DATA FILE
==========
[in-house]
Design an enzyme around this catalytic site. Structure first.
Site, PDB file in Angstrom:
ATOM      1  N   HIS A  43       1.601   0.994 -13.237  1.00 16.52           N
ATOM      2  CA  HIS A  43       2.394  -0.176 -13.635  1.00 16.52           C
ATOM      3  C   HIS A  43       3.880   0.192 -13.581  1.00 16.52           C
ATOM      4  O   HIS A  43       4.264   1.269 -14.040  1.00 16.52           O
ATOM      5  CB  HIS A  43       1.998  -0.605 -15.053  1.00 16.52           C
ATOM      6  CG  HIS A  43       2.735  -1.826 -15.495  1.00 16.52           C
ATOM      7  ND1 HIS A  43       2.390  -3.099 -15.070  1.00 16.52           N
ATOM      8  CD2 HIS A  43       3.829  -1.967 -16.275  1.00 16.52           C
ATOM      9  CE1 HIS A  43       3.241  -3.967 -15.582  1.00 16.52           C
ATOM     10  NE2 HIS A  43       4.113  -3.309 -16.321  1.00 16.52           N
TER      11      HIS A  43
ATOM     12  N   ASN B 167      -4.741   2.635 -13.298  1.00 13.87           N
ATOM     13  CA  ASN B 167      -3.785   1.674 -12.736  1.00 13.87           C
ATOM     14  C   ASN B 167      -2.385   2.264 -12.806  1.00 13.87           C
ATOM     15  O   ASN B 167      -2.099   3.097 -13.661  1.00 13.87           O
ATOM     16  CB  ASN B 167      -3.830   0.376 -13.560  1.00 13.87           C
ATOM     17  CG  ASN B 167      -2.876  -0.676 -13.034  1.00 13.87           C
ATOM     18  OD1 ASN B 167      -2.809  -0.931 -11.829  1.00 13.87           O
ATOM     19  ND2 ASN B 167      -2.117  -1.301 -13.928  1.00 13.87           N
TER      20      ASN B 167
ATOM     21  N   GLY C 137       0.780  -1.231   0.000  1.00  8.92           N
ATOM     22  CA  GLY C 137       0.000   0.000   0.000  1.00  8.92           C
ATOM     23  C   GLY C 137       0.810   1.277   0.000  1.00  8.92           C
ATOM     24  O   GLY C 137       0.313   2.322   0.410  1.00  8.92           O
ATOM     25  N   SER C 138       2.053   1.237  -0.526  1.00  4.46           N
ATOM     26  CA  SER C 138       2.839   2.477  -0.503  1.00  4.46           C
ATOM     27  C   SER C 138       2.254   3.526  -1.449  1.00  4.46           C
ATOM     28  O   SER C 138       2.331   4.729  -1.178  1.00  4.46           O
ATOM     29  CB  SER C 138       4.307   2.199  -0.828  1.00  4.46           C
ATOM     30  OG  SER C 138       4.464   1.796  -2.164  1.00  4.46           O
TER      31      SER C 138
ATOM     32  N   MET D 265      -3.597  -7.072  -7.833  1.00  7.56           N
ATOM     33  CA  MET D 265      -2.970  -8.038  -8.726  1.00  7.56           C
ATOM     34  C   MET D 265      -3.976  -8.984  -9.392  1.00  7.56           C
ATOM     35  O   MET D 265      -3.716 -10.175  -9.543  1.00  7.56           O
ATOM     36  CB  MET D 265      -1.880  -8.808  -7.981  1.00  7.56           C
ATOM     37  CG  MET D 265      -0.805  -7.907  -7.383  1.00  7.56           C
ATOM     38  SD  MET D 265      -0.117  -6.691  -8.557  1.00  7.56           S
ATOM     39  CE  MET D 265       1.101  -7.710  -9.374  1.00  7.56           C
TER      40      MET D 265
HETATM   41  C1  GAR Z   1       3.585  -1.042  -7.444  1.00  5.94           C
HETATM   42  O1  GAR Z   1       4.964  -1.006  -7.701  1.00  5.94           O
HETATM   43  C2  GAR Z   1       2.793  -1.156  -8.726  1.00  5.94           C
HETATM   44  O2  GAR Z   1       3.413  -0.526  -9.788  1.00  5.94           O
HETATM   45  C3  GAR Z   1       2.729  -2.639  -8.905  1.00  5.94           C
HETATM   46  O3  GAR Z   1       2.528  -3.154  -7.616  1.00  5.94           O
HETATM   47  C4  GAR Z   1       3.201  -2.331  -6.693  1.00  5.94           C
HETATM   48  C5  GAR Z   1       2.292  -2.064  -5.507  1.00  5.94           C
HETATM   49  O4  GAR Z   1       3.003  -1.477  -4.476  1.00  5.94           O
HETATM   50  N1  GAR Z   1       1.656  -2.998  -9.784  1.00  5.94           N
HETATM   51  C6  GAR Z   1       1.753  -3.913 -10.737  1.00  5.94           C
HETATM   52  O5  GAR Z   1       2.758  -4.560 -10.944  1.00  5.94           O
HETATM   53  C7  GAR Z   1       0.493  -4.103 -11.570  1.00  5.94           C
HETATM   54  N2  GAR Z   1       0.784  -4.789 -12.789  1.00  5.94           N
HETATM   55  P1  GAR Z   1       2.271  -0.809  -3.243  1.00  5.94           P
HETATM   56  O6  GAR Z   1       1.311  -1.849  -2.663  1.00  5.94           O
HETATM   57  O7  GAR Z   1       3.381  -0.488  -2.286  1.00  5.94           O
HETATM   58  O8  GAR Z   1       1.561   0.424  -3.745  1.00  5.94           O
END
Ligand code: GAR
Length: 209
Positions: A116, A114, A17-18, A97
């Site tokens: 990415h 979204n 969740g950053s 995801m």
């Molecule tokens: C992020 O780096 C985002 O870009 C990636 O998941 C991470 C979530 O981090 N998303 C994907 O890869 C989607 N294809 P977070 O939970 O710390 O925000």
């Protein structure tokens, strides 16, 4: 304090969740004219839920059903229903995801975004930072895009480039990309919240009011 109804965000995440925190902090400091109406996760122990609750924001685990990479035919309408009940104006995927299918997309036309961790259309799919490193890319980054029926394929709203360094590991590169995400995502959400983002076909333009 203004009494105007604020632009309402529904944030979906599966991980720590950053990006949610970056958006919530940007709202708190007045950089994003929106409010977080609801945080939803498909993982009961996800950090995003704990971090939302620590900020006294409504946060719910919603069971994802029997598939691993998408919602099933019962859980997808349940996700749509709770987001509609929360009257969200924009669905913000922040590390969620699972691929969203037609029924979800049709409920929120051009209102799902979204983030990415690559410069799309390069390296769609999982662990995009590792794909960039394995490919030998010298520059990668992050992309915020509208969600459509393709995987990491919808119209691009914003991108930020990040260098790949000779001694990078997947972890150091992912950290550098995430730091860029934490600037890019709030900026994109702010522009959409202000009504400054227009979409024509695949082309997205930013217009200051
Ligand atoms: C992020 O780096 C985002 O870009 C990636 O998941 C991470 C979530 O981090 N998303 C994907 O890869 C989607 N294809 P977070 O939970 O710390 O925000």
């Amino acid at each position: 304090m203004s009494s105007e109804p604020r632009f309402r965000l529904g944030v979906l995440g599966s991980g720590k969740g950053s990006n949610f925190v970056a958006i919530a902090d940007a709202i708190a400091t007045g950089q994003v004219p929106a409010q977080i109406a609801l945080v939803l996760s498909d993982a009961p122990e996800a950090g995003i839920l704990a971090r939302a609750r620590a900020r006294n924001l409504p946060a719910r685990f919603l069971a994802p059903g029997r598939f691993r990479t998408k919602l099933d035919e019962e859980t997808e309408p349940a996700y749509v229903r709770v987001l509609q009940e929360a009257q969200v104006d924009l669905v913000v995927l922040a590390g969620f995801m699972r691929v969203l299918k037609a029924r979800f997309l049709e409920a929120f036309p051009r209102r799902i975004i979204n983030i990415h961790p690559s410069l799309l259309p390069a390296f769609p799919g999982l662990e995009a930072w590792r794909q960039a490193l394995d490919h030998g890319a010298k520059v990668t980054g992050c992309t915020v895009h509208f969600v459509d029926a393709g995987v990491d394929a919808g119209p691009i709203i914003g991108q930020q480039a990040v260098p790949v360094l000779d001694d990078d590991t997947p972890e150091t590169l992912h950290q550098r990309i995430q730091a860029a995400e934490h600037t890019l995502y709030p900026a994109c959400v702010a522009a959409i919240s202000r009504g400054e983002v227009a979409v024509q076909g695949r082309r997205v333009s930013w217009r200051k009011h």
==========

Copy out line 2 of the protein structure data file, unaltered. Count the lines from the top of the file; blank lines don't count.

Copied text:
Design an enzyme around this catalytic site. Structure first.